Corbis began with a goal much different from its strategy today. At its formation, Interactive Home Systems presented itself to the corporate world as an art-licensing company. Gates envisioned a system that could deliver the great art works of human history into consumers' homes, and he formed Interactive Home Systems as the company that eventually would beam the paintings of famous artists via technology that had yet to be developed. Interactive television was suggested as a way to deliver the content, but as the development of the ultimate conduit was under way, Corbis focused on digitizing content and acquiring rights to images. Corbis signed agreements with the National Gallery of London, the Library of Congress, the Sakamoto Archive, the Philadelphia Museum of Art, and the State Hermitage Museum in St. Petersburg, Russia.

Strategic Change in 1994 Leads to Bettmann Archive Acquisition in 1995

  • In 1994, a new management team was put in place, as the pursuit of developing technology became a secondary concern. Of primary importance was cataloging, indexing, and acquiring further image collections. The change in priorities reflected a shift from the company's roots as an art-licensing concern toward a new corporate objective: assembling the most comprehensive digital photographic archive in the world. Along with the altered business focus came a new name. Interactive Home Systems was changed as the company's corporate banner, replaced by Continuum Productions, which was dropped in favor of Corbis Corporation, adopted in 1995.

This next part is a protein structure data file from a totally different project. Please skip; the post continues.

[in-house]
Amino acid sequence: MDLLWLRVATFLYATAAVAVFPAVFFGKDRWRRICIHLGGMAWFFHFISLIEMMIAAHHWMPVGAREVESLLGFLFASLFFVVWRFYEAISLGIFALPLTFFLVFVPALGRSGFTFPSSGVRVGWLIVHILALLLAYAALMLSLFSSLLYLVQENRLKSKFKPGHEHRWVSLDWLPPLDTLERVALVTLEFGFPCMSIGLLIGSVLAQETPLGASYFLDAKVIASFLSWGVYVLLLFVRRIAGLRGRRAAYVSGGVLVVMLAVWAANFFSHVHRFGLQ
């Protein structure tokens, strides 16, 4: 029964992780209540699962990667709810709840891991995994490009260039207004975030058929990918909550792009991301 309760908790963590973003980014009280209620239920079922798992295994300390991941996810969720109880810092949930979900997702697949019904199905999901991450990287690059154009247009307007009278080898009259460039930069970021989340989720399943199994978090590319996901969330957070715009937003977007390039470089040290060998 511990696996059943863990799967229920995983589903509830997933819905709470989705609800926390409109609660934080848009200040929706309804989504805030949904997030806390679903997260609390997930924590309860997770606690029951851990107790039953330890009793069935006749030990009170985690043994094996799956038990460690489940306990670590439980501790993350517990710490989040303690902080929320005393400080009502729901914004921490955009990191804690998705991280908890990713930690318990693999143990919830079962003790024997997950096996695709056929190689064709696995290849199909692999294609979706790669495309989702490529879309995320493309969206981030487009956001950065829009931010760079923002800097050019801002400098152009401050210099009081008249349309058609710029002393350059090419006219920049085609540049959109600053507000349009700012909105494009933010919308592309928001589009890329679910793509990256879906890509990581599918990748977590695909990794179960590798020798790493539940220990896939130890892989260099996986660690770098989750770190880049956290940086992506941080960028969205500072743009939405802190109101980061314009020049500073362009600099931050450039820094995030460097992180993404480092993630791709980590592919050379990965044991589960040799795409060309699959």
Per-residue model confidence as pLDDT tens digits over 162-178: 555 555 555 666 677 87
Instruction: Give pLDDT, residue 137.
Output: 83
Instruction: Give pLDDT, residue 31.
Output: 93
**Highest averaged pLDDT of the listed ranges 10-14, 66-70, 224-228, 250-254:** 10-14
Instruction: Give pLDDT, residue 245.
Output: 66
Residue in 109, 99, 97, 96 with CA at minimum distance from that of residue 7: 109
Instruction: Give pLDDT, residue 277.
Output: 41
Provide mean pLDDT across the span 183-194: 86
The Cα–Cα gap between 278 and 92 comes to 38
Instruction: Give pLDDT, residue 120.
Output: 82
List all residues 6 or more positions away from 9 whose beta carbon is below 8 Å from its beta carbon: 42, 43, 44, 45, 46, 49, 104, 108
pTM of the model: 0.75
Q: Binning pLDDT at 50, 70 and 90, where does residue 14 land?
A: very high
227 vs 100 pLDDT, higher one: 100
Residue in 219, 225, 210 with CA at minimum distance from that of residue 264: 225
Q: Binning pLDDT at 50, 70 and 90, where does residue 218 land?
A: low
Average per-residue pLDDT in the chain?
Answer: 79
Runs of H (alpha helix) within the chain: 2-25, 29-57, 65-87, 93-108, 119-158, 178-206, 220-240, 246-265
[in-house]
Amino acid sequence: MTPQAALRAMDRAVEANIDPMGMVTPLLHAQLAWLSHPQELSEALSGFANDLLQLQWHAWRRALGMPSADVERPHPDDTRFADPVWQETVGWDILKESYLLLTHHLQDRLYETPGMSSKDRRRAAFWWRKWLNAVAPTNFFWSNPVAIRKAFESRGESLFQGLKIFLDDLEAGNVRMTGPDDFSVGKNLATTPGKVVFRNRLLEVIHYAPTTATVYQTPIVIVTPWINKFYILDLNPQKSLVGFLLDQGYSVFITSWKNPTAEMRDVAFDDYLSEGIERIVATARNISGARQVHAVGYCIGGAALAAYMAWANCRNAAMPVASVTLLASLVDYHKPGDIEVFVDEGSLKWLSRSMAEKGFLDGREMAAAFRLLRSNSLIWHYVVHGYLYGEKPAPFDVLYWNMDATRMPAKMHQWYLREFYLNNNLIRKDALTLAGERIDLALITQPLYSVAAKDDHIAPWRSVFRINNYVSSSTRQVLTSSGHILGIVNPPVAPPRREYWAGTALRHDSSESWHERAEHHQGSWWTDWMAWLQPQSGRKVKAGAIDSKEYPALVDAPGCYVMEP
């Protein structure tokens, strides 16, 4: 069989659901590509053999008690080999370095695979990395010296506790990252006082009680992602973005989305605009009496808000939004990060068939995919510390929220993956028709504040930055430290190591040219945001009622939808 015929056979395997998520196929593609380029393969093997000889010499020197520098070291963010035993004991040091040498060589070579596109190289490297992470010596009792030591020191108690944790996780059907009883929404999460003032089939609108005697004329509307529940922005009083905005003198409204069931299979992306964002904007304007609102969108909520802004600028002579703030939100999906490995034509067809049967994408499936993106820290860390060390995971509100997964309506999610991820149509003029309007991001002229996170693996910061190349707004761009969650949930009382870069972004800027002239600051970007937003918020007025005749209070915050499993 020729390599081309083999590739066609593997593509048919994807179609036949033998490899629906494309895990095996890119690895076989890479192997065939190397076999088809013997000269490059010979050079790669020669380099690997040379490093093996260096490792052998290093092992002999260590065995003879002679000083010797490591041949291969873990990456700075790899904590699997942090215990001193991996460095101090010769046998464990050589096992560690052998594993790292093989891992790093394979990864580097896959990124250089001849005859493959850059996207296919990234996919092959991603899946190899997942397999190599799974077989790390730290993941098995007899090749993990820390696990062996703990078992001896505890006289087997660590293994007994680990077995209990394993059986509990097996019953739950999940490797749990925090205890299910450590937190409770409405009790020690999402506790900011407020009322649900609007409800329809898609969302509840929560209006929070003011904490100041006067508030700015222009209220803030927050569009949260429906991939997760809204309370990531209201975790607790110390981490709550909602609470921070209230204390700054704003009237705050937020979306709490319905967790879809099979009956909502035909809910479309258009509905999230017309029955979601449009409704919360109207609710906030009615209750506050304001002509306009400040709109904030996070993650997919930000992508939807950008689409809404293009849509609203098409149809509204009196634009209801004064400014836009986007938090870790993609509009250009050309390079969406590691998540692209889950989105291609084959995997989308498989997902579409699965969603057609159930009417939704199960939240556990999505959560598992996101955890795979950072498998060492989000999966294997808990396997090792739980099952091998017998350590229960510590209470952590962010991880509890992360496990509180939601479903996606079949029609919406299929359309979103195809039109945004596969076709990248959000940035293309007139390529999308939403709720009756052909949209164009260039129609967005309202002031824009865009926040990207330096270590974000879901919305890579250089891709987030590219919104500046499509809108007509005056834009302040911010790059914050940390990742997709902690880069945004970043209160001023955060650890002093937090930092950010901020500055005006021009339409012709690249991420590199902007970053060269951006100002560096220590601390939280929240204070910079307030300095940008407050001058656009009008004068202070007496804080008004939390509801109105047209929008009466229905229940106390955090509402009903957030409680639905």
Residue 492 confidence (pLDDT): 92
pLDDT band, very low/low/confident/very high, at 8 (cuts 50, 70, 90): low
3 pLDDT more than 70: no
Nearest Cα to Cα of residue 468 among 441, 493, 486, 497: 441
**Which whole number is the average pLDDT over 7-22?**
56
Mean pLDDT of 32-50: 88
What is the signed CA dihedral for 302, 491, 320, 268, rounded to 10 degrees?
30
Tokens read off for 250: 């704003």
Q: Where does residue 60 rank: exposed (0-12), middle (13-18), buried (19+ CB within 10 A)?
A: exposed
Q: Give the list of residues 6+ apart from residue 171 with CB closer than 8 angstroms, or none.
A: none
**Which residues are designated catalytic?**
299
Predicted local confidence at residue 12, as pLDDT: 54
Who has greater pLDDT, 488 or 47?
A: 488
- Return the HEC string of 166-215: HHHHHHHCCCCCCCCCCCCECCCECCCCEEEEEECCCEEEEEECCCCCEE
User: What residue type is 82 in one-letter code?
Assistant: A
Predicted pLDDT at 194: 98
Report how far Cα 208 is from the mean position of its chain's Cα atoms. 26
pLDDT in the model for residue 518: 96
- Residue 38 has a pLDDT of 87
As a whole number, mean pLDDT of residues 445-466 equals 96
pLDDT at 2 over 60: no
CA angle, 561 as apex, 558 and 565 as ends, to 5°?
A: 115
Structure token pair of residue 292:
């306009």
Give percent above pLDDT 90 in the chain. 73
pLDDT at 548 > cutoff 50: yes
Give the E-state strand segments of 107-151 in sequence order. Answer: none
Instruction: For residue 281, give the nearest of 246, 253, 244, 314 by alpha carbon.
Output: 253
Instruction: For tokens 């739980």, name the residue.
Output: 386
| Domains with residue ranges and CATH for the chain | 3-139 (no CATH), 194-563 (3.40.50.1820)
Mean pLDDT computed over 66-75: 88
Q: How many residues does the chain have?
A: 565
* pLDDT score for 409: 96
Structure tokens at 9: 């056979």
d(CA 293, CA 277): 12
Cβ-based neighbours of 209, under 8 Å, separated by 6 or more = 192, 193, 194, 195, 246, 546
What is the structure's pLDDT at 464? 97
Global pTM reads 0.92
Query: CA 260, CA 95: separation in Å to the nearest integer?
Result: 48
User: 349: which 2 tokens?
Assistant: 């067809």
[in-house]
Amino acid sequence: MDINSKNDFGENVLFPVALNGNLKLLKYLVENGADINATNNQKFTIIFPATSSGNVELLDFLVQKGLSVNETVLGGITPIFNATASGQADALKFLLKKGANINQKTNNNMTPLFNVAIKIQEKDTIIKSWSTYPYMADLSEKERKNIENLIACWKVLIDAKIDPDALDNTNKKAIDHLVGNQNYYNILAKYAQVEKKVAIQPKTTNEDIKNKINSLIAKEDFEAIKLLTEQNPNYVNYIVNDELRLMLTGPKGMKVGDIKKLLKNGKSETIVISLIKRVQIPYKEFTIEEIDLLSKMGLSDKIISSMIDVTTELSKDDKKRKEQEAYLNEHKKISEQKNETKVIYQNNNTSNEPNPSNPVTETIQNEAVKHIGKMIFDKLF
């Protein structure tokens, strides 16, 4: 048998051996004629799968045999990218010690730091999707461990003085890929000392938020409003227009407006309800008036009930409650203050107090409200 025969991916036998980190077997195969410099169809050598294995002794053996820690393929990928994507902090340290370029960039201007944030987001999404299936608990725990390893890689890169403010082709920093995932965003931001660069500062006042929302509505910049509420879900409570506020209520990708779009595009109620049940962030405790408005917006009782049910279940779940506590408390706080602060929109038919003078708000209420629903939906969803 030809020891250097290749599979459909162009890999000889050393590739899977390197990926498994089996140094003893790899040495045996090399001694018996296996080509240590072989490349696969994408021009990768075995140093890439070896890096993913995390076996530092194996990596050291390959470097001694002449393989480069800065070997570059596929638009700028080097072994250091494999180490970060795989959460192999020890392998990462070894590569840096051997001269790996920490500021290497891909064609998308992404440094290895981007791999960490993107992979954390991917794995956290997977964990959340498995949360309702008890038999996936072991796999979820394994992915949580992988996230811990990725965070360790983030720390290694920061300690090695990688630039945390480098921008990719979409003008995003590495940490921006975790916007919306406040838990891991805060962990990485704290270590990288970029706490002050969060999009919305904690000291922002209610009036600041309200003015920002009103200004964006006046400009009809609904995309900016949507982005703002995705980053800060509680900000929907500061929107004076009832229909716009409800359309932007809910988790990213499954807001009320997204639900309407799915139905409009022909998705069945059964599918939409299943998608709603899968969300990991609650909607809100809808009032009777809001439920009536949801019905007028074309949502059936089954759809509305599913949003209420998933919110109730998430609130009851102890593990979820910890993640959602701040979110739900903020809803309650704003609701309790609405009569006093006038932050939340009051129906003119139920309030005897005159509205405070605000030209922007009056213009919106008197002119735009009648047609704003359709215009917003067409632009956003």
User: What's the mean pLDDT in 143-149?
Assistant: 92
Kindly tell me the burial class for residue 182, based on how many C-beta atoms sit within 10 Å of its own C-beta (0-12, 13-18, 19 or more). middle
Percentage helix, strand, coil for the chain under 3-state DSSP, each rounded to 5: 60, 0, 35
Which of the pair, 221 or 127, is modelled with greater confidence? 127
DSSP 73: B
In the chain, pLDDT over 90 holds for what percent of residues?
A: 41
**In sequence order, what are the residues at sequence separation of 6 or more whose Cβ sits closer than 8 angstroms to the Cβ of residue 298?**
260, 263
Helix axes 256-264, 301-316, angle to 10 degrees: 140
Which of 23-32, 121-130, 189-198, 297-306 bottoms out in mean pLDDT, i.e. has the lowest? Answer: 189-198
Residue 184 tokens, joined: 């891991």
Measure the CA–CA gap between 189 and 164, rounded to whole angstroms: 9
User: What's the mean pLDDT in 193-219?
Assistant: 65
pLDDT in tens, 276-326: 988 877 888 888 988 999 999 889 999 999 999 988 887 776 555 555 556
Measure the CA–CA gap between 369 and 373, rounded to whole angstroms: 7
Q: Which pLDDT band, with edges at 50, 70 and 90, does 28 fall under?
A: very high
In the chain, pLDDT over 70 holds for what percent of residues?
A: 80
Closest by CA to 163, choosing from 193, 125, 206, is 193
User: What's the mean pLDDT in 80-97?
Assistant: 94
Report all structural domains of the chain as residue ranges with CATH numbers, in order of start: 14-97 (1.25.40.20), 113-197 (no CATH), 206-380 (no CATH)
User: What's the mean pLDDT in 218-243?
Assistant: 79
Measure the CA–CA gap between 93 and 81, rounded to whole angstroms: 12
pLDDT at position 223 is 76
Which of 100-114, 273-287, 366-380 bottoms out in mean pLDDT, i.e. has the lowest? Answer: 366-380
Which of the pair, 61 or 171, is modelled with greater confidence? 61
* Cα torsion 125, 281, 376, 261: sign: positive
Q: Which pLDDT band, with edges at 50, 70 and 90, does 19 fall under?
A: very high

• In October 1995, the company purchased the huge Bettmann Archive collection which included the pre-1983 photo library of United Press International and its predecessor photo agencies, Acme and INP, the photo arm of the International News Service. Prior to acquiring the Bettmann Archive, Corbis represented roughly 500,000 images, a total that increased exponentially when the Bettmann drawings, artworks, news photographs, and other illustrations were added to the company's portfolio. In all the Bettmann Archive contained 16 million images.[5] The archive is today stored 220 feet underground in a refrigerated cave in the Iron Mountain storage facility,[6] and the company also maintains a similar archive outside of Paris, France, preserving more than 30 million images from the Sygma Collection.
  • In 1996 the company acquired the exclusive rights to approximately 40,000 images photographed by renowned wilderness photographer Ansel Adams.[7]
  • In 1997, Corbis named company veterans, Steve Davis and Tony Rojas, co-CEOs. Corbis also hired two industry leaders - David Rheins to run Corbis' Productions, and Leslie Hughes to lead the company's B2B image licensing division, Corbis' Images.[8] These hires marked the company's shift to a more market focused entity.
  • Corbis Productions published several award winning CD-ROM titles such as A Passion for Art: Renoir, Cézanne, Matisse, and Dr. Barnes, compiled from the Barnes Foundation collection, and Leonardo da Vinci, which showcased the Codex Leicester.[9]